Thursday, June 3, 1999 Published at 20:18 GMT 21:18 UK
Business: The Economy
WTO approves US sanctions
Meat being checked for hormones
The World Trade Organisation (WTO) has approved an American request to impose sanctions on the European Union in response to its ban on hormone-treated beef.
This panel will report back in the middle of July, so delaying the implementation of sanctions.
European Trade Commissioner Sir Leon Brittan said the EU would seek to reduce sharply the amount of threatened US sanctions: "They can't justify that amount, it's grossly excessive. They haven't suffered that amount of damage, so they won't get away with that."
The US wants to impose 100% duties against $202m worth of imports from the EU, the amount of trade it says it has lost because of the 11-year-old ban.
The EU says the true damage caused by its ban on imports of beef from cattle treated with hormones is less than half the amount Washington claims.
Long-running efforts to reach a compromise between the two sides have failed.
While the Americans say there is no health risk, the EU maintains that some of the hormones may cause cancer.
It is conducting further scientific studies on their safety. Meanwhile, it has refused to lift the ban, even though the WTO has ruled it is illegal.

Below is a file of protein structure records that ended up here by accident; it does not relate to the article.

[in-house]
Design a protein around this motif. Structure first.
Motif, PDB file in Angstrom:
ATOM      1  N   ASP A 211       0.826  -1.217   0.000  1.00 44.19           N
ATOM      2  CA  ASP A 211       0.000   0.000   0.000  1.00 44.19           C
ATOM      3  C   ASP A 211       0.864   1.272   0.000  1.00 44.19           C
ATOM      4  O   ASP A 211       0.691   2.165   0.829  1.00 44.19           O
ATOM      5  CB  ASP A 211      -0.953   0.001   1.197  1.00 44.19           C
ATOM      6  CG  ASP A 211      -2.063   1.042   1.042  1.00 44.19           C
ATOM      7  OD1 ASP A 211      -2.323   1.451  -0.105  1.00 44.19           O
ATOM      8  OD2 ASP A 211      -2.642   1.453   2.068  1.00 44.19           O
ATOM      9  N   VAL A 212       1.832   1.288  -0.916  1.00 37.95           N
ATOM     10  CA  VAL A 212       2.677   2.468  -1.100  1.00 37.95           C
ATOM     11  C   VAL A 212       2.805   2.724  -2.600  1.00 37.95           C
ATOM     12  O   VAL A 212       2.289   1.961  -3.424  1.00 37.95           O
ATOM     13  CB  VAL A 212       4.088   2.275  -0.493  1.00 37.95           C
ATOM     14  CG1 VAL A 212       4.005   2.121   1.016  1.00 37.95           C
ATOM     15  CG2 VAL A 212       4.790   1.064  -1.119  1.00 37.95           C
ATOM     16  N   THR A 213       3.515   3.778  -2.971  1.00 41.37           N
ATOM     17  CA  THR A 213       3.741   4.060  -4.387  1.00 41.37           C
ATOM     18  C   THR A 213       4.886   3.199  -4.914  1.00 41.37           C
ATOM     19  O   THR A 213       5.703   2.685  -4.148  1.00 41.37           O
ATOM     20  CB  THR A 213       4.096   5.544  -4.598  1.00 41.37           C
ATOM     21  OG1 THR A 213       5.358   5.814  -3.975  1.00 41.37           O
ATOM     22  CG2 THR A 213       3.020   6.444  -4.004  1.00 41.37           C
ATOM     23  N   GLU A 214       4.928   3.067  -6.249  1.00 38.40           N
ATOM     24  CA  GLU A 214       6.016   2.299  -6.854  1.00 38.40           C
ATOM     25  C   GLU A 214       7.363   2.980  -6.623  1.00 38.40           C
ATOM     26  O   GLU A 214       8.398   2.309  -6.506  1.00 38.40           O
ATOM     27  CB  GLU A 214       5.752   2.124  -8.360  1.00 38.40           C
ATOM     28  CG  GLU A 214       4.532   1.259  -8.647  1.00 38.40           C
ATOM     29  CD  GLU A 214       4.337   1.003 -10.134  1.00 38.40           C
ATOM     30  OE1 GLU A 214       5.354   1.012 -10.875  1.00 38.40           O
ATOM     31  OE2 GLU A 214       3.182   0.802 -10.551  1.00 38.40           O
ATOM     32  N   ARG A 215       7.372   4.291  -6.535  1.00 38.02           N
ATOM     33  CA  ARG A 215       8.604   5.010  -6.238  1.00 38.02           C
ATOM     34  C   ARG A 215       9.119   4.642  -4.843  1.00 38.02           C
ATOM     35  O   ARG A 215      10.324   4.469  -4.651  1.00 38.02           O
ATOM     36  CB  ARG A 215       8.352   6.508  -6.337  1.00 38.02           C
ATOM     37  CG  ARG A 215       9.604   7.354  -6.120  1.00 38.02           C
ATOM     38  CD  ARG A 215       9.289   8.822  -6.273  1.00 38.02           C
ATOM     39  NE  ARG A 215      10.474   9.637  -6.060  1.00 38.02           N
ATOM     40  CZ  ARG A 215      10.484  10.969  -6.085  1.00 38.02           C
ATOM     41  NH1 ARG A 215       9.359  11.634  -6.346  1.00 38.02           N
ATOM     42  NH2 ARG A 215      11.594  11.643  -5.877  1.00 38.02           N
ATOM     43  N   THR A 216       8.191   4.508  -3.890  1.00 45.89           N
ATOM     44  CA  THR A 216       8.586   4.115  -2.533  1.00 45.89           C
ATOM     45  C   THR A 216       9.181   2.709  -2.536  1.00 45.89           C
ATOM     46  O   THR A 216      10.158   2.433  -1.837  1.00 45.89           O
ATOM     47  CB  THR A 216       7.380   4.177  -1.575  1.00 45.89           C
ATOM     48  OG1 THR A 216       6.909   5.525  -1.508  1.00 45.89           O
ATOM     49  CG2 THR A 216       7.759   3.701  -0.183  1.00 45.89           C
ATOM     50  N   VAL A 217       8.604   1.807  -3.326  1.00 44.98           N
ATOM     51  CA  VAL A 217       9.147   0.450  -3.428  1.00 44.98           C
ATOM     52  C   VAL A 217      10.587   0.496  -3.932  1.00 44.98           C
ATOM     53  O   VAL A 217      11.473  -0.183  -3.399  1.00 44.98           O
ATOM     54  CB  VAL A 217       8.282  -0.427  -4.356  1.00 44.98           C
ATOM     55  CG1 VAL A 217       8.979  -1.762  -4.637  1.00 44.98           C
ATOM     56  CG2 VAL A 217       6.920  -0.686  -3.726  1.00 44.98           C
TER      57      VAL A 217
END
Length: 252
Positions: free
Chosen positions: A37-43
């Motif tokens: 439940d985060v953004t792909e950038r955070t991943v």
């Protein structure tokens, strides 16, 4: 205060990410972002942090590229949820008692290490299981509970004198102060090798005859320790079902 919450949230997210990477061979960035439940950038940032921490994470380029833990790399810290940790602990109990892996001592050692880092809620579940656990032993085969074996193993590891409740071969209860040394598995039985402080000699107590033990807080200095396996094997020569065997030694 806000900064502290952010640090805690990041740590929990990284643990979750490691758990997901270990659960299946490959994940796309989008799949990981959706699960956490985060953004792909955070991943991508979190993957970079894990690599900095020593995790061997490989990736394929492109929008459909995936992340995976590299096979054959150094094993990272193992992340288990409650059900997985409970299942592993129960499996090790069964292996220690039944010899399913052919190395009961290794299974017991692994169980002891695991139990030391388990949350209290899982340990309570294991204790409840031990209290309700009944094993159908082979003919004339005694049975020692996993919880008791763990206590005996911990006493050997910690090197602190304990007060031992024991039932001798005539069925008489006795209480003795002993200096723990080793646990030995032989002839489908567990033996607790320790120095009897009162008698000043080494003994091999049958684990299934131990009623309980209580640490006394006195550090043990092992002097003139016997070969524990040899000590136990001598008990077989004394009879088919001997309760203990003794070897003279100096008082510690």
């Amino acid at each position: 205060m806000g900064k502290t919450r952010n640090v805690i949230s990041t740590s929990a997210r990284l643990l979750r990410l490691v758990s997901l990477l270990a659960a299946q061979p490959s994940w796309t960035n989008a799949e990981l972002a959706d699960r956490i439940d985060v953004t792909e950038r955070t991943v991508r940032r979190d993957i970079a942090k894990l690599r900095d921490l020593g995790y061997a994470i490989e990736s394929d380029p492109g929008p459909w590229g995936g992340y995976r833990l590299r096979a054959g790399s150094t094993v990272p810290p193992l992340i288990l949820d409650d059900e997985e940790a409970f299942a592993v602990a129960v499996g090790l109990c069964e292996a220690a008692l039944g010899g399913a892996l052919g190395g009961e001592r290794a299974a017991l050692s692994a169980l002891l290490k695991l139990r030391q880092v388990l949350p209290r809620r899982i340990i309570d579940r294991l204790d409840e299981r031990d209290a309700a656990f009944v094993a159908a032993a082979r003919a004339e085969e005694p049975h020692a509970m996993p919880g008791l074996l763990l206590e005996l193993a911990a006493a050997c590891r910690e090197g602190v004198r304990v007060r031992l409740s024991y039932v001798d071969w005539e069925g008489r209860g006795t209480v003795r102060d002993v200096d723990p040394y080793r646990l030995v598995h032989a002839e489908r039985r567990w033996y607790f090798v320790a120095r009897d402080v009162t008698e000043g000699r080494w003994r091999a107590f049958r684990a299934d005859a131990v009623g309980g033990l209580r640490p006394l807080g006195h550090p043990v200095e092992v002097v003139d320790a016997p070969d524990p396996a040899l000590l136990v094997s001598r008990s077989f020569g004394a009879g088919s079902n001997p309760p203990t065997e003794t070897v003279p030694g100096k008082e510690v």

A panel of three neutral arbitrators had ruled last year that the EU's beef ban broke global trade rules and had given it to 13 May to comply.
Canada also plans sanctions on trade worth $51m, the amount it claims to have lost as a result of the ban on exports to European Union countries of its hormone-treated beef.
The WTO will rule on both sanctions requests seperately.
Washington has not yet named the final products, but a preliminary list included canned hams, pork, beef and poultry, various tomato products, Roquefort cheese, truffles, onions, chestnuts, paprika, goose liver, chewing gum, chocolate and mineral water.
Rita Hayes, the US ambassador to the WTO, said: "The final list of sanctions will not be drawn up until we receive WTO authorisation."
Hormones are widely used in US agriculture, with more than 90% of American cattle producers feeding them to their cattle to make them grow faster and bigger.
In 1989 the US promised to export only hormone-free beef to Europe because of the EU's ban.
However earlier this year EU experts discovered that some of the US beef labelled 'hormone-free' did in fact contain banned growth hormones.
A similar set of sanctions from the US on European exports has already been imposed as a result of another long-running trade dispute, over banana quotas.
The failure to reach a compromise is a further blow to the leaderless WTO, which was set up with the aim of smoothing out global trade disputes without the need for tit-for-tat sanctions.
The Economy Contents